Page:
Artificial intelligence at the heart of discussions on the inclusion of people with disabilities in Lozère

Artificial intelligence at the heart of discussions on the inclusion of people with disabilities in Lozère

Lionel Naccache a apporté toute son expertise grâce à une conférence et des échanges avec le public. Midi Libre – Lucas Manouvrier

The disability conference, which took place on Friday May 31, 2024 in Langogne, made it possible to address new technologies and artificial intelligence in the service of the inclusion of people with disabilities .

The world is changing and technologies continue to develop. They take up space and today, it seems more and more complicated to do without them. Especially when they can provide help or intervene in complementarity with a human mission. And it is precisely on this theme that medico-social professionals focused on the occasion of the disability conference, initiated by the Department, Friday May 31, 2024, in Langogne. All the participants of the day focused precisely on the question: "What contributions do technology and artificial intelligence (AI) make? ) to promote the inclusion of people with disabilities ?"

Fostering autonomy

"I am one of those who are quite worried about AI, expresses Sophie Pantel, president of the Department of Lozère, in the preamble. But I still think that it can be a fantastic tool for innovation and support."Recalling that the disability sector is important and represents a large part of the community's solidarity budget (17 of the 54 million euros, Editor's note). Francis Chabalier, president of the Haut Allier community of communes, shares the same sentiment. “We hear a lot of bad things about AI and I hope that this day will also allow us to hear positive things.”

Lionel Naccache, neurologist specializing in cognitive neuroscience, led a conference to explain artificial intelligence as a whole, and from a medical point of view. AI, based on very specific criteria, could help diagnose pathologies. Or to collect data on the condition of a patient. Without forgetting the more fun technologies that help users on a daily basis. For example, an adapted 3D printer, movement games from a screen, the use of an exoskeleton, tools to facilitate communication, etc. For a health executive and an establishment director at Clos du Nid, this research into innovation must attract science to the medico-social field. "We focus on education and it takes an important place but science is also present, they believe. This day can be a gateway to joint work with scientists."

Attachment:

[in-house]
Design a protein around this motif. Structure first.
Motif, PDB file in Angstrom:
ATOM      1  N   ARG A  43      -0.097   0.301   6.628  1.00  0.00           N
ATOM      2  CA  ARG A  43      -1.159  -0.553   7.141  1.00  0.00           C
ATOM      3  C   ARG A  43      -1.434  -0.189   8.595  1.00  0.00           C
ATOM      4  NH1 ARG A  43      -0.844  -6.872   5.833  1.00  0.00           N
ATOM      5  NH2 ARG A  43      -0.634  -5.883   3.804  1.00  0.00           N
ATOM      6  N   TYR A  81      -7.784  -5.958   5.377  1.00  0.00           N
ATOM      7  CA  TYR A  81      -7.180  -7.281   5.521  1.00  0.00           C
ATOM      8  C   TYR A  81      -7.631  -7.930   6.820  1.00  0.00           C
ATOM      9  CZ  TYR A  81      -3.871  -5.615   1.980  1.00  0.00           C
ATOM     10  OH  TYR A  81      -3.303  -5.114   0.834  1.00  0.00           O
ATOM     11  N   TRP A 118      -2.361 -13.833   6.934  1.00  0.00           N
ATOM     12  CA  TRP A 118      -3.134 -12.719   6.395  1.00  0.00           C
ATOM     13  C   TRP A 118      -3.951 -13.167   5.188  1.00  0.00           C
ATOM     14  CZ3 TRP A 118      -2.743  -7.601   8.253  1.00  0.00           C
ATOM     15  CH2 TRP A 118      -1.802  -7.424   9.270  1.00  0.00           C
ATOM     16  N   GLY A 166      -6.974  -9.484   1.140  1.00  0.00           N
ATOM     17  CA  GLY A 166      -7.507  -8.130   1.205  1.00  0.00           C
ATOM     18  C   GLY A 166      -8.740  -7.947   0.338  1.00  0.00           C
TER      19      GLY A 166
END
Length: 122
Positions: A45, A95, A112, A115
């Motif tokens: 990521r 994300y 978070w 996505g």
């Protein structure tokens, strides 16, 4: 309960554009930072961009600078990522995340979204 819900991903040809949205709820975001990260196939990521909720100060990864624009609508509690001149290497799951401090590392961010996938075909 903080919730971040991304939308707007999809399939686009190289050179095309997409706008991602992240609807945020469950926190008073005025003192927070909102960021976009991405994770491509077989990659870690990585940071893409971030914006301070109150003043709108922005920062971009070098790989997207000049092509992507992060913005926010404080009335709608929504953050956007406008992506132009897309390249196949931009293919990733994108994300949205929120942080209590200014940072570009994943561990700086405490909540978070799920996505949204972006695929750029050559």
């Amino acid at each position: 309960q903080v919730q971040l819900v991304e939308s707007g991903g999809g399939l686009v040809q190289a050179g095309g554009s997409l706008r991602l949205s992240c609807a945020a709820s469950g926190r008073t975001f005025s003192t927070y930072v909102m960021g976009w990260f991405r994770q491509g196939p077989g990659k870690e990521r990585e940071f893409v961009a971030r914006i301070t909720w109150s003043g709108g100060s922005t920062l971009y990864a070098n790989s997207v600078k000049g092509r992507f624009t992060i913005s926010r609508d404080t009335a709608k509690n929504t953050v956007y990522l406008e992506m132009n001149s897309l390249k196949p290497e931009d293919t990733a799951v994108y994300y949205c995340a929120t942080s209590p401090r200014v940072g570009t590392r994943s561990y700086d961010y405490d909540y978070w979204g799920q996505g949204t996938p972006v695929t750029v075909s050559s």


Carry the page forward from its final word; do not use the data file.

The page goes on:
Don’t forget the human side

In the medico-social sector, where above all the notion of support reigns, the human element is omnipresent. "AI and robots will never be able to replace caregivers, supports Xavier Marette, departmental director of the Lozère Regional Health Agency (ARS). You have to look for your benefits." Lionel Naccache gave an example, that of timetables. In a few minutes, or even seconds, an AI can generate a schedule, saving time and allowing you to concentrate on another task. Sophie Pantel remained rather skeptical: "There is the human aspect too, some people cannot work together and we have to adapt the schedule according to the situations.& ;quot; There is also, despite everything, the question of cost. New technologies are expensive and budgets are often tight. But the subject was only quickly brushed aside. The objective of this day is to think about support and inclusion, even before putting it into practice.

It could be that Lozère, on the other hand, positions itself as a territory for experimentation. The department, due to its demographics and its associative fabric, is perceived from the outside as an ideal location. Its particular appetite for the disability sector, with this nickname of ’land of welcome", could allow it to be a pioneer in terms of innovation. At one point or another, in any case, the AI ​​will settle there. "It will be imposed on us. We will have to apply the culture of change in our establishments, says Daniel Chaze, general director of the Saint-Nicolas association, based in Langogne. I too want to defend the human values ​​of this sector but we must not be afraid of AI. It must be seen as an innovative tool."

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